Dec 30, 2014, 11:03 AM
The United Kingdom Home Office has announced that from December 31, 2013, ‘resident of Senegal and any other non-resident applying in Senegal must be tested for tuberculosis (TB)’.
Similarly, since from July 1, 2013, residents of ‘The Gambia who wish to come to the UK for more than 6 months must’ also be tested before applying for a visa.
Consequently, after the New Year celebration, The Point made enquiries about the matter and learnt that ‘such rules have now take effect and all applicants are advised to abide by it to avoid any delay or set-back towards their applications’.
Furthermore, an official who is familiar with the rules when contacted by this correspondent pointed out that ‘it is true and rightly so …and we have released a statement to that effect’.
The Home Office therefore stated that ‘from 31 December 2013, residents of Senegal, and any non-residents applying in Senegal, who wish to come to the UK for more than 6 months must be tested for tuberculosis (TB) before applying for a visa’.
The Home Office added that the rules are for those ‘applying to come to the UK for 6 months or longer’, and that those who applied for a visa before the said date needed not to take a test.
The Home Office also clearly outlined: ‘If you plan to come to the UK for less than 6 months you do not need a TB test, unless you are applying for a 6 month fiancé (e) visa’.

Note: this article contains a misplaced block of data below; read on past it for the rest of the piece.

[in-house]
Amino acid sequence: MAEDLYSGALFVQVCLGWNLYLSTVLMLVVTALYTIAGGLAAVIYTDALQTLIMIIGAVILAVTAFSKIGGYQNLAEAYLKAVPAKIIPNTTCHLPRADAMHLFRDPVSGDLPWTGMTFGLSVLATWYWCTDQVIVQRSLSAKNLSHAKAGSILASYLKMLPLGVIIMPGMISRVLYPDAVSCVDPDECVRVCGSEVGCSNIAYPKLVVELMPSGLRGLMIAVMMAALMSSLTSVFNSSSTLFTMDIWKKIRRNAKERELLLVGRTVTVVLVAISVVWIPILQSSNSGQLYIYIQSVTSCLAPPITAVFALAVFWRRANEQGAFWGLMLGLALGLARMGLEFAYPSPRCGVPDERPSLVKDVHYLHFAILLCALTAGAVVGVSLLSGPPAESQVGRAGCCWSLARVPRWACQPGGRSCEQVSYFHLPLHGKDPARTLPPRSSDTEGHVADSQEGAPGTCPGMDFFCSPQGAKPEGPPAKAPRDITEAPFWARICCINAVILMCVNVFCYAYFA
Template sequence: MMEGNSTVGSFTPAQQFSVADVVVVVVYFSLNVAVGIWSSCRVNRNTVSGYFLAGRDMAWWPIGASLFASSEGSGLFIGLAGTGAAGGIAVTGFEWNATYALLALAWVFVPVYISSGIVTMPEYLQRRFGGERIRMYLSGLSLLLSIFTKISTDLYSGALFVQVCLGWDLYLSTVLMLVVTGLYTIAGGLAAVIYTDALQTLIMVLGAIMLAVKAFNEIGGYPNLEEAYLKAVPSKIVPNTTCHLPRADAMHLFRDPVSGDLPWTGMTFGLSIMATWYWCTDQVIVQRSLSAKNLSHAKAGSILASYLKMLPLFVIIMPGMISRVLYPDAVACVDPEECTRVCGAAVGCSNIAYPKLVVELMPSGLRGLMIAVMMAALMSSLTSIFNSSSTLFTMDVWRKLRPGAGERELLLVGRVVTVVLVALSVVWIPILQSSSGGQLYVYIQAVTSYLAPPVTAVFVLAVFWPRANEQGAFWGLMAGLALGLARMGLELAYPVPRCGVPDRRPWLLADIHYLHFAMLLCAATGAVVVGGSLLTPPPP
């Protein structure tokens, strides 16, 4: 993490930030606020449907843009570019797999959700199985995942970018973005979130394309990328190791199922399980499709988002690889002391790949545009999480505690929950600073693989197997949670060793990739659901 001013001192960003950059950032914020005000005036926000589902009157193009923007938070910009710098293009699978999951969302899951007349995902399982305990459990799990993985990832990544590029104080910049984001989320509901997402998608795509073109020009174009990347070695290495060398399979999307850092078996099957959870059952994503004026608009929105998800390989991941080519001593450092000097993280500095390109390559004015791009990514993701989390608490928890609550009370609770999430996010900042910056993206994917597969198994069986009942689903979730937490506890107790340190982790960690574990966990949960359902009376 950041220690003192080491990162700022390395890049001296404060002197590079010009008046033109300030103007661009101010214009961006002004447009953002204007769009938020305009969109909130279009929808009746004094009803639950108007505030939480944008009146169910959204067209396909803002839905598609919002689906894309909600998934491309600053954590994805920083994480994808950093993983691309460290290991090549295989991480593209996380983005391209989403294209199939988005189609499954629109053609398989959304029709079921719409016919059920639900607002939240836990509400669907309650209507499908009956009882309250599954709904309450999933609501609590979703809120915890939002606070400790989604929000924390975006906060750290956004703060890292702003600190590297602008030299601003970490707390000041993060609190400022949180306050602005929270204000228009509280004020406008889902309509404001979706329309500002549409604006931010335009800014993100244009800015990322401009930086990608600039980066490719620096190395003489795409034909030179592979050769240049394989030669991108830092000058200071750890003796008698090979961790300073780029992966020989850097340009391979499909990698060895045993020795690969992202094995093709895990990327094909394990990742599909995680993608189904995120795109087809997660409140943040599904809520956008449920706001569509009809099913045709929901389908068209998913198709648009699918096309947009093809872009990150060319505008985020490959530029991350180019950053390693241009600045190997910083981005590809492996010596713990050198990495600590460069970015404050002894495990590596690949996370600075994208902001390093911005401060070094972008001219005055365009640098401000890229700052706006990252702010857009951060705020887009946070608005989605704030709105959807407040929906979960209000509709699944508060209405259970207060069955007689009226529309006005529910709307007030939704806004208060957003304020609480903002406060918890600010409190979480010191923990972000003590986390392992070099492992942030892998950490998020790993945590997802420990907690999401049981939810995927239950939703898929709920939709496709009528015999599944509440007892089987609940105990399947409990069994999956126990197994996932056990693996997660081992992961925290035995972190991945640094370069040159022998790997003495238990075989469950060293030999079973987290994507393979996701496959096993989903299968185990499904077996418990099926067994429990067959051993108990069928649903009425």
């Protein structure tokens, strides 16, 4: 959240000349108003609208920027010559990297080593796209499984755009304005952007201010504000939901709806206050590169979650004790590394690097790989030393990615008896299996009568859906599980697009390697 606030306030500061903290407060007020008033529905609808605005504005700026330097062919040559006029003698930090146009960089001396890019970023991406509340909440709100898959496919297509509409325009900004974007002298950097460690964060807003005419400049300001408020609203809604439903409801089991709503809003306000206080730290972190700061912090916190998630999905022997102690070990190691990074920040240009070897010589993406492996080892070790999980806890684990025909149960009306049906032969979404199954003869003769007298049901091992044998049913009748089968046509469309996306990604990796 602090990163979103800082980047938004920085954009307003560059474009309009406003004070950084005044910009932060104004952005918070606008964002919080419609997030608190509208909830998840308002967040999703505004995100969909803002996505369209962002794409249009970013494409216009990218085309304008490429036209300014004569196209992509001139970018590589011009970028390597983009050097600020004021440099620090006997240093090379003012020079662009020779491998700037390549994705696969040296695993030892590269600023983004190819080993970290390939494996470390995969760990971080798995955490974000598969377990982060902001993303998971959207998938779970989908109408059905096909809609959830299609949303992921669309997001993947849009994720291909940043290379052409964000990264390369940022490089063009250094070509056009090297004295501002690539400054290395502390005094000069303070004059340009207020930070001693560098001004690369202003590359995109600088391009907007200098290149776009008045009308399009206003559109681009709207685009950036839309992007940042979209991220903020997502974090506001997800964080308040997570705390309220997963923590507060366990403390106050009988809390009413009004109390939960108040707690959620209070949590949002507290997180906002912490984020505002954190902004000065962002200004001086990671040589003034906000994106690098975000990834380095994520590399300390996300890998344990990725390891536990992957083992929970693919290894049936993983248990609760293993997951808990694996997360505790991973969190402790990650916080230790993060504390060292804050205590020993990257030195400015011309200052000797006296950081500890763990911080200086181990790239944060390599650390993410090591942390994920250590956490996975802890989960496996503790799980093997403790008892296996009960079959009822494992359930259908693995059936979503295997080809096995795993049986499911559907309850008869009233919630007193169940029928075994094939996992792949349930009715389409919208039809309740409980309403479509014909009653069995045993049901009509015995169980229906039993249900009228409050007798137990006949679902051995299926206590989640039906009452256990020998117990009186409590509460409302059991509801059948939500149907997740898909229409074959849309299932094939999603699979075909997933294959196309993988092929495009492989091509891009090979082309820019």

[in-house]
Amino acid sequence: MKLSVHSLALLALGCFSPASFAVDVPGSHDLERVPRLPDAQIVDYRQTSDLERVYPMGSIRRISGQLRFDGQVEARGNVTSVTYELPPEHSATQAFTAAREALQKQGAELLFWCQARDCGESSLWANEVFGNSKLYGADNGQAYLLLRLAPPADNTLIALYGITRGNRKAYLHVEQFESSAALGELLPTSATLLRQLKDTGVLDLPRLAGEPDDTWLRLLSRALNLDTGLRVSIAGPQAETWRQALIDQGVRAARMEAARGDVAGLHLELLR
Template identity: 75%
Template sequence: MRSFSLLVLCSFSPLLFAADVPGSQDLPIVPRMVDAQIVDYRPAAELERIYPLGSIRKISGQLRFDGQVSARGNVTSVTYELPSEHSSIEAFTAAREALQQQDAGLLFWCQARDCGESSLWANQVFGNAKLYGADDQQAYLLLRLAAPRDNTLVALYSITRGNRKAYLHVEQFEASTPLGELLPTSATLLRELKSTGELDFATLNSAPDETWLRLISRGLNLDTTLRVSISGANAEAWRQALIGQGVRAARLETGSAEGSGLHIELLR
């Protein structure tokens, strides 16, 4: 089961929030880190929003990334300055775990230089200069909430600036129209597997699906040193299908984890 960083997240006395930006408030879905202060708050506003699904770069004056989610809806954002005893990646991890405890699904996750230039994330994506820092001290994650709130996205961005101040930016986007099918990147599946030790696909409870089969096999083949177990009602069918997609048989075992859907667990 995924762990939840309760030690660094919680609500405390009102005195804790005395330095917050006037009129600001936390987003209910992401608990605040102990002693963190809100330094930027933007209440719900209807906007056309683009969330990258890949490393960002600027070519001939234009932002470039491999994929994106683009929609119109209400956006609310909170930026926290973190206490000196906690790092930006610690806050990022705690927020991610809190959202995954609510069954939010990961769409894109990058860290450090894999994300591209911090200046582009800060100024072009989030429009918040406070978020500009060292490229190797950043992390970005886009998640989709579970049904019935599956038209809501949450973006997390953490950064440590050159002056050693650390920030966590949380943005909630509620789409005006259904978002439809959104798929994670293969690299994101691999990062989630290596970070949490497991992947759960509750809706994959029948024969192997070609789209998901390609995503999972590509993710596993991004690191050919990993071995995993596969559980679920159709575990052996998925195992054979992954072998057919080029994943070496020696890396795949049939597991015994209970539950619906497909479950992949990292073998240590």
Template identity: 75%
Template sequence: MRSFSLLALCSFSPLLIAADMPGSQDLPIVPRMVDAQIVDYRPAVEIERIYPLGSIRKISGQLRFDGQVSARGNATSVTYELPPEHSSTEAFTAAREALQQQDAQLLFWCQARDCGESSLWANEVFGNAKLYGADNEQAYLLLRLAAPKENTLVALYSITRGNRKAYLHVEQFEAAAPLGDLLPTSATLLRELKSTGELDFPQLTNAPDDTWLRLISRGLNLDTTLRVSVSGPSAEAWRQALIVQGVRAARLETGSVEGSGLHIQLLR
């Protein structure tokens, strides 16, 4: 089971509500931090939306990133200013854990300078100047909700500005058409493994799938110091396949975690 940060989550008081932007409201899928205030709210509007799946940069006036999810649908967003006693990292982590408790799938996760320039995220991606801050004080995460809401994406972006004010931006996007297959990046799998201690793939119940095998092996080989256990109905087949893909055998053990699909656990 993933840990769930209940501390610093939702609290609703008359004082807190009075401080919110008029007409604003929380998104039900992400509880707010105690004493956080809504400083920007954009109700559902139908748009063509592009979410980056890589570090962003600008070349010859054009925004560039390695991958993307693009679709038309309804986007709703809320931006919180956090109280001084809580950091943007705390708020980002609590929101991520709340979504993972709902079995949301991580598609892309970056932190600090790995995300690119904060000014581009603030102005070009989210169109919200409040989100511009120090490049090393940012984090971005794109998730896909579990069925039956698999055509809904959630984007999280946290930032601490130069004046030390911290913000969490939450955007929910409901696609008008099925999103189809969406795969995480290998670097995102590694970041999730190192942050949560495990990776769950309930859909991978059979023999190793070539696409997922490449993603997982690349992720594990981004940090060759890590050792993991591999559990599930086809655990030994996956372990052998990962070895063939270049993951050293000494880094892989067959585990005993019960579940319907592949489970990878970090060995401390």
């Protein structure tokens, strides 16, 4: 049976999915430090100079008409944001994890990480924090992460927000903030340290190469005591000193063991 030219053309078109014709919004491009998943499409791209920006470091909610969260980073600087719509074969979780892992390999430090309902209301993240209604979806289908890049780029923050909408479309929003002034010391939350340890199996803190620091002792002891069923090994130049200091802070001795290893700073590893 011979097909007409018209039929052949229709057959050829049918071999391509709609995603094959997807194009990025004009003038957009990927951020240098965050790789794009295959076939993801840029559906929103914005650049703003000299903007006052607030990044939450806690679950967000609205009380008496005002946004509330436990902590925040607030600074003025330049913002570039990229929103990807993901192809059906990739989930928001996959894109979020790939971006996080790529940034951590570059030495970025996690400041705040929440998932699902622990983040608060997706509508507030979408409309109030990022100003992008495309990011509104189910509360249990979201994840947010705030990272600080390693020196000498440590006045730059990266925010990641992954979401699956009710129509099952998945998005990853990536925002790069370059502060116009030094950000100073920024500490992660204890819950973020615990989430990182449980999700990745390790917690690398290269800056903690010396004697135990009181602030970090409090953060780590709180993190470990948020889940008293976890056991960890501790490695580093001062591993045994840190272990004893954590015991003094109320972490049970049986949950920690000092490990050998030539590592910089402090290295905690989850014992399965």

It would be recalled that on 27 June 2013, the Home Office made a similar announcement, that ‘from 1 July 2013, residents of The Gambia who wish to come to the UK for more than 6 months must be tested for tuberculosis (TB) before applying for a visa’.
TB which is a very serious concern not only in West Africa, but the continent as a whole has been tormenting thousands of people in Africa and beyond.
Several years ago, both France and UK agreed to team-up and fight the disease in the West Africa region by actively funding research during a three-year period.
During that period, Clare Short, Britain’s International Development Minister and counterpart Charles Josselin, former French Cooperation Minister, announced that such funding project would cost over £1 million.
The research was undertaken by the Medical Research Council (MRC) in ‘detecting and treating tuberculosis in The Gambia, Senegal, Guinea and Burkina Faso’.
Recently, the EU also reportedly provided more 25 million Euros for ‘research and development’ and according to medical experts, the disease is causing the deaths of over 2 million a year.
Whatever the case, Senegambian applicants should familiarise themselves with the new rules and if need be contact the Home Office or the nearest British embassy for further information, in order to avoid any obstacle or impediment regarding their application.